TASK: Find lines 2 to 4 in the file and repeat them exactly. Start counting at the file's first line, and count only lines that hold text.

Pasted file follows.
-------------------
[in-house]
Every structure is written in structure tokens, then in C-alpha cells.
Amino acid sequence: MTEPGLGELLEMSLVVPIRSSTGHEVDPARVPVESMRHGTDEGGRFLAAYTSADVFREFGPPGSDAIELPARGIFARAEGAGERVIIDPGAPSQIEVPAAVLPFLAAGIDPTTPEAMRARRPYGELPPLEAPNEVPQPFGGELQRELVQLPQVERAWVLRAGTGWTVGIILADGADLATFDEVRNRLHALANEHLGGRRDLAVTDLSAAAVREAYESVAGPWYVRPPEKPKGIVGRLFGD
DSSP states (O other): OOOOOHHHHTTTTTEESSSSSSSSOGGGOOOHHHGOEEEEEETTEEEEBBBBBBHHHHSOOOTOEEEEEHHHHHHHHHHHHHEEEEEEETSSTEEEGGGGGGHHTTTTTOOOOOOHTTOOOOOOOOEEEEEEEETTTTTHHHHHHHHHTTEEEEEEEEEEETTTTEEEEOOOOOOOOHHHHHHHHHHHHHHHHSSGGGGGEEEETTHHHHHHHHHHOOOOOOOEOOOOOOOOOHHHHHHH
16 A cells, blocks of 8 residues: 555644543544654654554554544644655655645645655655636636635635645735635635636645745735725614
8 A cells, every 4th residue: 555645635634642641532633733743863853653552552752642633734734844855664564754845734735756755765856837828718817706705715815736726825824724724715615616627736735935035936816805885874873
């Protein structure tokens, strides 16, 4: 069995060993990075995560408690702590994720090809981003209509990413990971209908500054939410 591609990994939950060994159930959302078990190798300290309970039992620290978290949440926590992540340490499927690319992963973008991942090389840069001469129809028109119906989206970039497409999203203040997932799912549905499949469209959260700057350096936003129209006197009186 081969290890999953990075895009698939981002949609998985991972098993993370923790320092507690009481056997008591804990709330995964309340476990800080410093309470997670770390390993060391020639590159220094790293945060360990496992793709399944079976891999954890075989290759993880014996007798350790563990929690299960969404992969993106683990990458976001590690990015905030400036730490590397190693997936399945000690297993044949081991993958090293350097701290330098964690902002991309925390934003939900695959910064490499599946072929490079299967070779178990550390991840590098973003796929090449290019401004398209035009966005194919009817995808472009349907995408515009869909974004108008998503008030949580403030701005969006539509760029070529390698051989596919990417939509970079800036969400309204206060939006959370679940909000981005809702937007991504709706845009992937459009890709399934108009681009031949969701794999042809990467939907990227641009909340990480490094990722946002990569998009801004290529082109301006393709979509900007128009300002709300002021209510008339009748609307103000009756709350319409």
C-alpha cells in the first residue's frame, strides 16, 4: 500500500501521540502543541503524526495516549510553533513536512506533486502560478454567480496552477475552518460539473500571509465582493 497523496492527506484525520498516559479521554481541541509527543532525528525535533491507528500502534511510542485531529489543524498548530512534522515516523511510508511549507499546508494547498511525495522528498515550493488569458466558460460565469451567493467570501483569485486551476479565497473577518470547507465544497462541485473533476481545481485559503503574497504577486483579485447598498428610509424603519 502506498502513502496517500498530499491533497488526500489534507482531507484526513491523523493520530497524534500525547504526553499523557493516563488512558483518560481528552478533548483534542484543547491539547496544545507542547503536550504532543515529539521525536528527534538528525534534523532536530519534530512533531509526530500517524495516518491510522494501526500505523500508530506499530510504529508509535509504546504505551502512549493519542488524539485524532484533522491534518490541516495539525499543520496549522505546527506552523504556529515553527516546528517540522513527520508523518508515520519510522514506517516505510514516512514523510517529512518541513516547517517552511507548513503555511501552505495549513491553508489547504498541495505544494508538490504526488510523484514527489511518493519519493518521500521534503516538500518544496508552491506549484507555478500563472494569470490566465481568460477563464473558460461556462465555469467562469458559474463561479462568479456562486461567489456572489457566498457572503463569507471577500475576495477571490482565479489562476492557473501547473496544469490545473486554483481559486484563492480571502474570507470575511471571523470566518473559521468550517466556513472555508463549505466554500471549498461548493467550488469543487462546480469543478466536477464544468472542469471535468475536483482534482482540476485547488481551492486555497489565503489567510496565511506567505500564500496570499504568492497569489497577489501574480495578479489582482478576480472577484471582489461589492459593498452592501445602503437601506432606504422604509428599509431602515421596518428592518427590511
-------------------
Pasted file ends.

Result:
Every structure is written in structure tokens, then in C-alpha cells.
Amino acid sequence: MTEPGLGELLEMSLVVPIRSSTGHEVDPARVPVESMRHGTDEGGRFLAAYTSADVFREFGPPGSDAIELPARGIFARAEGAGERVIIDPGAPSQIEVPAAVLPFLAAGIDPTTPEAMRARRPYGELPPLEAPNEVPQPFGGELQRELVQLPQVERAWVLRAGTGWTVGIILADGADLATFDEVRNRLHALANEHLGGRRDLAVTDLSAAAVREAYESVAGPWYVRPPEKPKGIVGRLFGD
DSSP states (O other): OOOOOHHHHTTTTTEESSSSSSSSOGGGOOOHHHGOEEEEEETTEEEEBBBBBBHHHHSOOOTOEEEEEHHHHHHHHHHHHHEEEEEEETSSTEEEGGGGGGHHTTTTTOOOOOOHTTOOOOOOOOEEEEEEEETTTTTHHHHHHHHHTTEEEEEEEEEEETTTTEEEEOOOOOOOOHHHHHHHHHHHHHHHHSSGGGGGEEEETTHHHHHHHHHHOOOOOOOEOOOOOOOOOHHHHHHH